We weren’t using invites to try to be exclusive. We were using them to manage growth while we built out what is essentially a foundation, the rails for this new kind of distributed network.
We had to build the app protocol beneath Bluesky, the AT Protocol, that lets different developers, companies, or people come in and modify their experiences. Some of it is going to be rolling out soon.
When it’s finished, the vision for Bluesky is to hover somewhere between a straight-up replacement for Twitter and a fully decentralised service like Mastodon, the second of the big three post-Twitter social networks: like Mastodon, the technology underpinning Bluesky should eventually allow your account to outlast the company that created it, but unlike Mastodon, Bluesky is less eager to foreground the technological differences between it and Twitter, with the vast majority of users remaining on the official app and service for the foreseeable future.
And then there’s Threads. Meta’s Twitter clone is, unquestionably, the biggest of the three by user count alone, but it’s also barely made a ripple in the wider culture. The site’s policy of suppressing political content – it won’t get algorithmic promotion, according to Threads’ platform safety policies – doesn’t help matters. There are parallels with earlier periods of online culture, here: Twitter dominated discussion even while having a fraction of the size of Facebook, and TikTok does the same despite the vastly larger number of users on YouTube.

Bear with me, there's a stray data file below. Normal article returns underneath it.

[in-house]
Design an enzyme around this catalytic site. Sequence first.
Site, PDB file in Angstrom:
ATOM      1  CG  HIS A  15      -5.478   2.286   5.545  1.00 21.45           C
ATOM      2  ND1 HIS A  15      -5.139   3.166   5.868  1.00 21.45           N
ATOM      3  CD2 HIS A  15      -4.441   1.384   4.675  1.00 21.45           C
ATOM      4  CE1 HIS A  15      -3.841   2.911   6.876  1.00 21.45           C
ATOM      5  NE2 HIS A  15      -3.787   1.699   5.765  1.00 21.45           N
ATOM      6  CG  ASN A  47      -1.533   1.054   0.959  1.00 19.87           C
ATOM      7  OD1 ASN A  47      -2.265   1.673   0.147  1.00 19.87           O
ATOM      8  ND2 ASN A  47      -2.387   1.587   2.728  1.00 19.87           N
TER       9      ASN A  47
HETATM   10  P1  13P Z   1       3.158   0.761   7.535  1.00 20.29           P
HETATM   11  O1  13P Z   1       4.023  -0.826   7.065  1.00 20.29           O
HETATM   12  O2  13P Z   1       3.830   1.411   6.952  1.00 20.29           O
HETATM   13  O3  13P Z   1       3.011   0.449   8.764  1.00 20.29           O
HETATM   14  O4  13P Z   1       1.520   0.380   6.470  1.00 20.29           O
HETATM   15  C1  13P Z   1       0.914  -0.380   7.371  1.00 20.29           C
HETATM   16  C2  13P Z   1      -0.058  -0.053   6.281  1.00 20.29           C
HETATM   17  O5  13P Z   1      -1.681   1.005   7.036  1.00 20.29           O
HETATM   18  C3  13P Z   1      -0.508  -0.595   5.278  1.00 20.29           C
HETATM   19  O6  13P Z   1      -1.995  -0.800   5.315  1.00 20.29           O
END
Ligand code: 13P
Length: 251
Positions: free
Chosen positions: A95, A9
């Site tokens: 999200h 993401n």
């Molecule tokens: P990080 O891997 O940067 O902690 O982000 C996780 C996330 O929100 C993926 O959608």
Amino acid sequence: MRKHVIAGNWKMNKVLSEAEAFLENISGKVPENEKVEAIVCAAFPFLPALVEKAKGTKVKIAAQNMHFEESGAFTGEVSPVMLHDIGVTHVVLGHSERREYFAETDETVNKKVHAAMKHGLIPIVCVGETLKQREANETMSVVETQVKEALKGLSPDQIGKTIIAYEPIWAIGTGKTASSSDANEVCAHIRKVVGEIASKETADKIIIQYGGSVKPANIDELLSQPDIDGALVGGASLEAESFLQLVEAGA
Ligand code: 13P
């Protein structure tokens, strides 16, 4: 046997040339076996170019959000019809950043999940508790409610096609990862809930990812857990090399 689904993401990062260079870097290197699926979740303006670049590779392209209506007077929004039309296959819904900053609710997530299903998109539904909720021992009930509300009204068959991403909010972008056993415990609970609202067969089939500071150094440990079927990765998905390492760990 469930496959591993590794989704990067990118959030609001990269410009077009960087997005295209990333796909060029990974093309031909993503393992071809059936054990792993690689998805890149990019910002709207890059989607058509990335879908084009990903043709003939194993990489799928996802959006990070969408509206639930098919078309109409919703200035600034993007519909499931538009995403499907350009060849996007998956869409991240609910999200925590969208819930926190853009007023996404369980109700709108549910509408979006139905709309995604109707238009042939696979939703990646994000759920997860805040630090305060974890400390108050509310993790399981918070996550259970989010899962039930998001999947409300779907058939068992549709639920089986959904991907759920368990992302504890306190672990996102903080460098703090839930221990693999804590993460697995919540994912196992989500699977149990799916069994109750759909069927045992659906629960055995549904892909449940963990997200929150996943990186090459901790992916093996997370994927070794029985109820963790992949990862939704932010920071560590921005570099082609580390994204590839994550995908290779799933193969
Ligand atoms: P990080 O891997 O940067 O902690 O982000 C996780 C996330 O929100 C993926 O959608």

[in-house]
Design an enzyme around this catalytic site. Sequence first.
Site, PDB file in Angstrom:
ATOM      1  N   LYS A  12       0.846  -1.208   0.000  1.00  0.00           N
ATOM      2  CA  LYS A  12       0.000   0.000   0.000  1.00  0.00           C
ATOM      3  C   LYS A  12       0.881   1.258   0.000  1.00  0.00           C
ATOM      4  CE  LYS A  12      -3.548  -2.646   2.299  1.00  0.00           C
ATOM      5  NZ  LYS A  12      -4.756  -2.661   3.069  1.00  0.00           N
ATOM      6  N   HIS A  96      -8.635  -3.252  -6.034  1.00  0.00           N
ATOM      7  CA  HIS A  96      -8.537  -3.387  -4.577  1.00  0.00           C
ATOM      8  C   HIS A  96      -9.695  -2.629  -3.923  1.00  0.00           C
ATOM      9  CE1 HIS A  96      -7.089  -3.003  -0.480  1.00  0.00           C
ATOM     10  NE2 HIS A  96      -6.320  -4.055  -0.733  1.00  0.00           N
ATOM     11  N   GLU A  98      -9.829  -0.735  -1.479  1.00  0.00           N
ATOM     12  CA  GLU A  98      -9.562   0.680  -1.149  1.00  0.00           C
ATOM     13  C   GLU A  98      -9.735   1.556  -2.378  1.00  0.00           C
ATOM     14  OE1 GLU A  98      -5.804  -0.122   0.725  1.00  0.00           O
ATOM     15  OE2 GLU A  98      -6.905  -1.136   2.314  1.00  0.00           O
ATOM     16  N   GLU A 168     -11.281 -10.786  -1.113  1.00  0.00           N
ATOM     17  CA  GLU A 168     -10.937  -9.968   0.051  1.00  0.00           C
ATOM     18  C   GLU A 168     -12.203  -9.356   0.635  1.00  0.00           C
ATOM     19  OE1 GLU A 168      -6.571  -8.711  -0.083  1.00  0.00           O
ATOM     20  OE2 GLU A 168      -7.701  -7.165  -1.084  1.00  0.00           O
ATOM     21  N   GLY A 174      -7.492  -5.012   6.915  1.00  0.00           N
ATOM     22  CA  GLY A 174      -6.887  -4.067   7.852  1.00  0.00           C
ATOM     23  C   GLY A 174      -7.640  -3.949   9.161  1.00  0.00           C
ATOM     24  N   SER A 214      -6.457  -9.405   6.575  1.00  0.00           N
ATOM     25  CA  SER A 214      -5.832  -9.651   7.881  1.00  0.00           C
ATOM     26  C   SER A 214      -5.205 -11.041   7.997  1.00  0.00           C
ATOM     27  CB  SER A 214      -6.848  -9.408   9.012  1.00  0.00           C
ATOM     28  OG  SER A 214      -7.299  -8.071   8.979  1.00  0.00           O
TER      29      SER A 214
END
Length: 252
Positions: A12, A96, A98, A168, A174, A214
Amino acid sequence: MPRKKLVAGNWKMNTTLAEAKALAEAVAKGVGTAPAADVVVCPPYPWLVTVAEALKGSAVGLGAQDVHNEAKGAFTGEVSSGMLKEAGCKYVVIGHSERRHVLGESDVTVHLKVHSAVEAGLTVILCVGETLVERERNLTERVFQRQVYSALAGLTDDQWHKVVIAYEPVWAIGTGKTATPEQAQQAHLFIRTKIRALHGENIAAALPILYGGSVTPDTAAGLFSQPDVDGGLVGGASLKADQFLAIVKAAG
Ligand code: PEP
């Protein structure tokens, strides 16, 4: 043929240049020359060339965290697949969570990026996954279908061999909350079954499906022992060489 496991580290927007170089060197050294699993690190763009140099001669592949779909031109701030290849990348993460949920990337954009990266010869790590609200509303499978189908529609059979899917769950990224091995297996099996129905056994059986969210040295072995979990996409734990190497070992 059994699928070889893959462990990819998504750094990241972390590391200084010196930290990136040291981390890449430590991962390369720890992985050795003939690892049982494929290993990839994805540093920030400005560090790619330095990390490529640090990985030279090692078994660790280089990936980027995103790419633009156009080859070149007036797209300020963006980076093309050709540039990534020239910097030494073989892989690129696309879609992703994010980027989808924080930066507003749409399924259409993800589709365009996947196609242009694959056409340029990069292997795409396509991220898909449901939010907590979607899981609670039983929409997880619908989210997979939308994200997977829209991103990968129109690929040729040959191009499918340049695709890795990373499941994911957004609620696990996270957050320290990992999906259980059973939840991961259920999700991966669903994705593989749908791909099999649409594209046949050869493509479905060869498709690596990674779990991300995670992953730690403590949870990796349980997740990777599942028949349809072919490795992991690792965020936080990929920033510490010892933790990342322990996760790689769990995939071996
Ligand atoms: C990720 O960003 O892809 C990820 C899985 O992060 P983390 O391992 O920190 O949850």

Elizabeth Lopatto, at the Verge, explained the disconnect with a taxonomy so spot-on that I can’t do anything but quote her at length:
The silent majority of every successful text-based social media site is lurkers. These are sane, normal people with sane, normal lives … The influencer is building a business. They are making #content … The commenter is trying to have a conversation with another human being. They are hoping, however misguidedly, to have a meaningful interaction online … The reply guy can be thought of as the most important subclass of commenter; they are specific. They are usually interacting with or on behalf of a favored internet user … Finally, we have the poster, sometimes referred to as a poaster. The poster is required for every social network to function.
The issue facing all Twitter replacements is that the balance is off. Threads is massive, but its user base is lurkers and influencers. Like being in the audience of a Marvel movie, you may consume some professionally produced content, but you’re certainly not going to form any lasting memories. For the past year, Bluesky has been pure posters, locked in a room with each other, deprived of much of the dopamine that they need to maintain their frenetic energy. And Mastodon is a community of commenters and reply guys, decentralised to the point that it’s possible to have a nice chat, but difficult to discern a conversation arising from within.
Opening up Bluesky, then, could be the first step to restoring some of that balance. Posters cannot survive on posters alone. They – we – need lurkers. Join us, or we’ll have to touch grass.